Dozens of immigrants discovered trapped, one dead, in British shipping container
18 August 2014
Crew at Tilbury Docks, near London, were alerted to the fact that 35 immigrants were trapped in a shipping container by the “banging and screaming” of those trapped inside.
The container had arrived on a ship from Zeebrugge, Belgium, after an overnight journey, and was being unloaded at 7:35 a.m. on Saturday. After staff breached the container, they discovered that one man had died and many of the children and adults were very sick, suffering badly from dehydration and hypothermia.
Natalie Hardy, of P&O Ferries, said the container was on board a Norstream commercial vessel, which was scheduled to leave Zeebrugge late Friday night. The ship was carrying 64 containers, 72 trailers and five lorries and drivers.
The immigrants “had been in there overnight, because the ship was an overnight freight ferry,” she said.
However, that gives little indication of what suffering occurred, as Belgian authorities have yet to identify where the container originated. Essex police said they understood that those trapped inside were Sikhs from Afghanistan.
Emergency services arrived at the “very difficult scene” within 11 minutes. East of England ambulance service told the press that they had despatched seven ambulances, two rapid response cars, a patient transport services vehicle, two duty operational managers, two BASICS doctors, and a hazardous area response team.
Eighteen patients were taken to Basildon Hospital, nine to London Whitechapel Hospital and seven to Southend Hospital. At least seven of those treated at three different hospitals had “significant health problems.” The police as well as the UK Border Force have become involved.
At a press conference at Tilbury Docks, Essex Chief Superintendent Trevor Roe said, “This is a humanitarian issue—the welfare of these patients is a priority.” The death of one of the immigrants is now the subject of a homicide investigation in liaison with Belgian police, he added.
In reality, far from taking a humanitarian approach, the almost exclusive focus of officialdom has been to approach the issue as a criminal incident. Numerous spokesmen have denounced “people trafficking” gangs, with Roe declaring that police “will be looking to see…whoever may [be] involved in this conspiracy to bring these people in this way over to this country.”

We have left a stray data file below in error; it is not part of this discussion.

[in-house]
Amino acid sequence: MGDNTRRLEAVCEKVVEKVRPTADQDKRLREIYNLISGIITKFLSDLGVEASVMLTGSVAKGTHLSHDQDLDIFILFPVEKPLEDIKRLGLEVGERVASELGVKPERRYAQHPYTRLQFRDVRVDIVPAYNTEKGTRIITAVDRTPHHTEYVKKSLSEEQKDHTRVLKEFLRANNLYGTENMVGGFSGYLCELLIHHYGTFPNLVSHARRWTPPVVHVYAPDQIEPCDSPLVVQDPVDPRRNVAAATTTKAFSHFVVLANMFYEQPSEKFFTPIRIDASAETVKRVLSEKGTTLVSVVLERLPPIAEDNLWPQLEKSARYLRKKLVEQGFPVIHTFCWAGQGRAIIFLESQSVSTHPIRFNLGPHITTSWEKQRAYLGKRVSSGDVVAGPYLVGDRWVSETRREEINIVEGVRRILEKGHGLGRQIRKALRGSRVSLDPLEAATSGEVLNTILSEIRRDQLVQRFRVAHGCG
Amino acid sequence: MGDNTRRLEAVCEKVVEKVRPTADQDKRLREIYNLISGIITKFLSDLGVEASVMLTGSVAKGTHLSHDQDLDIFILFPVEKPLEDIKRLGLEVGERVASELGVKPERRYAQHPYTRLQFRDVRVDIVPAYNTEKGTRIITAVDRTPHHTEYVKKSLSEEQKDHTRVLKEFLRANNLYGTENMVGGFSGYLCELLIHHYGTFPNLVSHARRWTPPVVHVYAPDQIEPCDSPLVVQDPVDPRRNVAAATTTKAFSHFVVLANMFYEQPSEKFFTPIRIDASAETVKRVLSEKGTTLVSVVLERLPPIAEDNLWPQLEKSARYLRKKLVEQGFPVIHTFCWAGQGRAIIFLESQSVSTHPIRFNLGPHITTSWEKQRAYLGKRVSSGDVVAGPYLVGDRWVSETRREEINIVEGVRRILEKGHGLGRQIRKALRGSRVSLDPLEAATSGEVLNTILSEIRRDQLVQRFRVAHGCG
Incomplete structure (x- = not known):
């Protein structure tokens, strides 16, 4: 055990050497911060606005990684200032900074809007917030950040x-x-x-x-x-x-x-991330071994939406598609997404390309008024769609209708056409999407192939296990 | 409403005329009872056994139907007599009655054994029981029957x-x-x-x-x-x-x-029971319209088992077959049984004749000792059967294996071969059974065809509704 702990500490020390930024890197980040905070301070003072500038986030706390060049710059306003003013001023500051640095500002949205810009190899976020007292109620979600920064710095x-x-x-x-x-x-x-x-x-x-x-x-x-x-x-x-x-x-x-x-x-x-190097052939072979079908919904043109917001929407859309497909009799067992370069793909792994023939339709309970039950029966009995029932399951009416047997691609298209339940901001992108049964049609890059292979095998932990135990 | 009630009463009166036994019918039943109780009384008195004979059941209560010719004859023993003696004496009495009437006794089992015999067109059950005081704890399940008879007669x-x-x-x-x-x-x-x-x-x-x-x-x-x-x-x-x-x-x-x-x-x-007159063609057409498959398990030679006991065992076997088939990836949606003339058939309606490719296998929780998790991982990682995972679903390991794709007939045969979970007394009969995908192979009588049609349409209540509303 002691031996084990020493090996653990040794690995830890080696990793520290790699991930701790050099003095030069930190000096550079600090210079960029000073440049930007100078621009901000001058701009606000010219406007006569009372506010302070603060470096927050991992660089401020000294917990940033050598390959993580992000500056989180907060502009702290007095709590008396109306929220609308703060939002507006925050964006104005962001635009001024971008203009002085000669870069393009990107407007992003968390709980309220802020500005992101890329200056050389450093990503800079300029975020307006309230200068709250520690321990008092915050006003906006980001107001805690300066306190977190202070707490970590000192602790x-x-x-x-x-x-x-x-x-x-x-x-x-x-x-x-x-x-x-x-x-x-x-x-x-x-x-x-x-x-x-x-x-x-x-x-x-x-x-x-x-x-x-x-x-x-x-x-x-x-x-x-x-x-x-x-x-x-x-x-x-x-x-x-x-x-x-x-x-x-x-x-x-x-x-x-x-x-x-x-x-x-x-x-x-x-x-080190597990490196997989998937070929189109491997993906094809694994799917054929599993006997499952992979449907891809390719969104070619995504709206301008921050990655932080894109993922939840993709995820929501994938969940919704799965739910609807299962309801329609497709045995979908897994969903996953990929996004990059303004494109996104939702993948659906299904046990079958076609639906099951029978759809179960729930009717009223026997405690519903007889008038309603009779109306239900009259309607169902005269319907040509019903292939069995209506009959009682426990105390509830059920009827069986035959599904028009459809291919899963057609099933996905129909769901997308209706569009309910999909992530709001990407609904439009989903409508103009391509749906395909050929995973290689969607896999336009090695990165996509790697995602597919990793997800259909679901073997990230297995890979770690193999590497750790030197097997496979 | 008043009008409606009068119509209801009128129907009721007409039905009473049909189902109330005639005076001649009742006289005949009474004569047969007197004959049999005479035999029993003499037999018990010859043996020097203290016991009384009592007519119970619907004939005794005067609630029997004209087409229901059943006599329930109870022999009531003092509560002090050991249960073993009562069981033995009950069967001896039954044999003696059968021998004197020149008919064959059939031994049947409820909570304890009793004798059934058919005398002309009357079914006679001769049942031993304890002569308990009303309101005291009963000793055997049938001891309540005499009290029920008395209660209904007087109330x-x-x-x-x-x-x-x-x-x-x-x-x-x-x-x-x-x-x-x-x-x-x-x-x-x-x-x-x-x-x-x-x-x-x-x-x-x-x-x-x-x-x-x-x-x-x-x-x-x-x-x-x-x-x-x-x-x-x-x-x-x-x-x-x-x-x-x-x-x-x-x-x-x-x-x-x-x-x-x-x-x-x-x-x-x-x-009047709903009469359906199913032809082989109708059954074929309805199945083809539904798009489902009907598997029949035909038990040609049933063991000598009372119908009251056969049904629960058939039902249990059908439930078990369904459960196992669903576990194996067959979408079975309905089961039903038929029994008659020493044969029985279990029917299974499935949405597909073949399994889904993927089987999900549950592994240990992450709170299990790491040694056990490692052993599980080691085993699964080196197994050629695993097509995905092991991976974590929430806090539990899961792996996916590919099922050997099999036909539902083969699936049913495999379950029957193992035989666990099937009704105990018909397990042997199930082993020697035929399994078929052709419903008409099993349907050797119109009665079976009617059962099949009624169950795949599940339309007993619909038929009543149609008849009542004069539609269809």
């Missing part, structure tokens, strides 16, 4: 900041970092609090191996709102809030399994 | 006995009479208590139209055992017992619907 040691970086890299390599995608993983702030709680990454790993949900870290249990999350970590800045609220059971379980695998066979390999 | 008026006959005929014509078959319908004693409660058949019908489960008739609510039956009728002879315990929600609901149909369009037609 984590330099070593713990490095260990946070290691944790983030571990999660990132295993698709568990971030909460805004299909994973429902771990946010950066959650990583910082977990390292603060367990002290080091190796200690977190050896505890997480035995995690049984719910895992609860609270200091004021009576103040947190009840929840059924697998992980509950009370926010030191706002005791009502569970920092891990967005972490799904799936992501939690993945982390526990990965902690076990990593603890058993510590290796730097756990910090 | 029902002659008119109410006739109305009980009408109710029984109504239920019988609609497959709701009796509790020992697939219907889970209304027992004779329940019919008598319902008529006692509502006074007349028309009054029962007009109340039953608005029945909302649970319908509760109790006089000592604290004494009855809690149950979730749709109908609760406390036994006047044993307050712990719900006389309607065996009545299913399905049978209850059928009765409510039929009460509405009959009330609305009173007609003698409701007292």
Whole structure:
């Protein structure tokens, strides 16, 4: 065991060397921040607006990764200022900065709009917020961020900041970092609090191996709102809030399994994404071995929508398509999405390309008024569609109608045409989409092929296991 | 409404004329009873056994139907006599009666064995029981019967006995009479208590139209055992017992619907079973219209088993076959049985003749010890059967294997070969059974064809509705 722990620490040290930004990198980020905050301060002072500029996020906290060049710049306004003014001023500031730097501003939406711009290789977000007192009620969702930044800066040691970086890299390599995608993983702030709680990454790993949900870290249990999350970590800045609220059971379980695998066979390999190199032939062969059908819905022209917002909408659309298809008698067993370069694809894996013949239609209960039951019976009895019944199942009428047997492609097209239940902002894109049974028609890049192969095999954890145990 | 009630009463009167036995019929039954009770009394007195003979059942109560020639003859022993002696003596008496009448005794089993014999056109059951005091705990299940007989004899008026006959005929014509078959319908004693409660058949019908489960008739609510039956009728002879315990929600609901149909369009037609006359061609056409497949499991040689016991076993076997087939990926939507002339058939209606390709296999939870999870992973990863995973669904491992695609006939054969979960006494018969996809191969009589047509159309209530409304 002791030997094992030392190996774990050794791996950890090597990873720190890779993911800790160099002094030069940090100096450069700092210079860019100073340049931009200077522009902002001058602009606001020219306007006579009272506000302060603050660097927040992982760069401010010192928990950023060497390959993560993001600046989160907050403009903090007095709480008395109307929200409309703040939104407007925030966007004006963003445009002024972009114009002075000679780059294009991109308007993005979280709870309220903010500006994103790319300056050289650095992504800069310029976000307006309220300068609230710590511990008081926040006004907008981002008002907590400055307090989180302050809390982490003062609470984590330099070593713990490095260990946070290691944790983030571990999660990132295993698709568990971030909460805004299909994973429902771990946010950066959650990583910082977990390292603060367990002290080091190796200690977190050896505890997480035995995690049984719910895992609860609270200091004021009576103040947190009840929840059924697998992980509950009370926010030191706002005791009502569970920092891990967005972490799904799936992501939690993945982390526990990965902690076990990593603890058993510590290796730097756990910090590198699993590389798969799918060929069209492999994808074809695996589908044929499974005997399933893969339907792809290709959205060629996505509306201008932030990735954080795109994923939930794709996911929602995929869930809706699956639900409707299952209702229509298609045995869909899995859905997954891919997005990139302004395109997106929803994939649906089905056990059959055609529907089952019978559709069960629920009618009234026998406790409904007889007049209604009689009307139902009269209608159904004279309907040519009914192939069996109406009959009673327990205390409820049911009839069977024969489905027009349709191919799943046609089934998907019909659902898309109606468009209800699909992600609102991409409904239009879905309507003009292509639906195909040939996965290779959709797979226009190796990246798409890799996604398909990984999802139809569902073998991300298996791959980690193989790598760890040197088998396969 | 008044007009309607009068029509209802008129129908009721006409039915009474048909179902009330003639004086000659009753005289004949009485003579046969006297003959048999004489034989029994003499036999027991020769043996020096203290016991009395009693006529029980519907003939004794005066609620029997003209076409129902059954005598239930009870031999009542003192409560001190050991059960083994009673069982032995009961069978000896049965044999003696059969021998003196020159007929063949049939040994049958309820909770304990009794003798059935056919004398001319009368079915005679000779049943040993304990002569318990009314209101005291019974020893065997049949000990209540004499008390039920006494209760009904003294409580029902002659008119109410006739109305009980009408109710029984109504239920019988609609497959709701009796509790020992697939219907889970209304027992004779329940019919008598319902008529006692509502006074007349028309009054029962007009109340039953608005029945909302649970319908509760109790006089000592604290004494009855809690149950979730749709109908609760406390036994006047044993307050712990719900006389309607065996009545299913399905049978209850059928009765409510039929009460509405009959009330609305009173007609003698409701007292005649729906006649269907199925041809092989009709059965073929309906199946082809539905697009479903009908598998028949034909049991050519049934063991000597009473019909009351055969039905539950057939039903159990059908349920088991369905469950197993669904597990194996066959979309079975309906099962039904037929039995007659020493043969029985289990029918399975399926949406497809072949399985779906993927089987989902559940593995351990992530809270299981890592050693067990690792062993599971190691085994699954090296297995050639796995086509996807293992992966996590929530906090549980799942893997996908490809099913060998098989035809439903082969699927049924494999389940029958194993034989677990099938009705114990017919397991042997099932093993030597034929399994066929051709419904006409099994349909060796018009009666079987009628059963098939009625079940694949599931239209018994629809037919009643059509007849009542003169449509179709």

Chief Inspector Peter De Waele, from the Belgian police, said he believed the lorry that delivered the container in Zeebrugge had been identified through CCTV footage, and he was “very, very hopeful that we find the truck who put the container in Zeebrugge. I think it is very, very important that we have the identification of that truck and also of the driver.”
Almost wholly absent is any reference to the terrible economic circumstances that drive people to put themselves at the mercy of such traffickers and give over their life savings—let alone critical media commentary on the way these unfortunates are then treated like criminals by the UK’s police and border authorities.
The survivors, as soon as they were released from hospital, were sent directly to an immigration reception centre near Tilbury on Sunday—in some instances less than 24 hours after their ordeal—where they are being held under immigration powers and subject to interrogation.
Former head of the UK Border Force Tony Smith spoke for all officialdom when he told the BBC, “We really need to get a message out to migrants that if they want to come to this country there are legal routes that they need to explore and they need to apply for visas and permits.”
Anthony Steen, chairman of the Human Trafficking Foundation, spoke of how desperate people “hope to arrive in somewhere that’s more accommodating, more kind, and offering them a better quality of life. Usually, they’re sadly wrong.”
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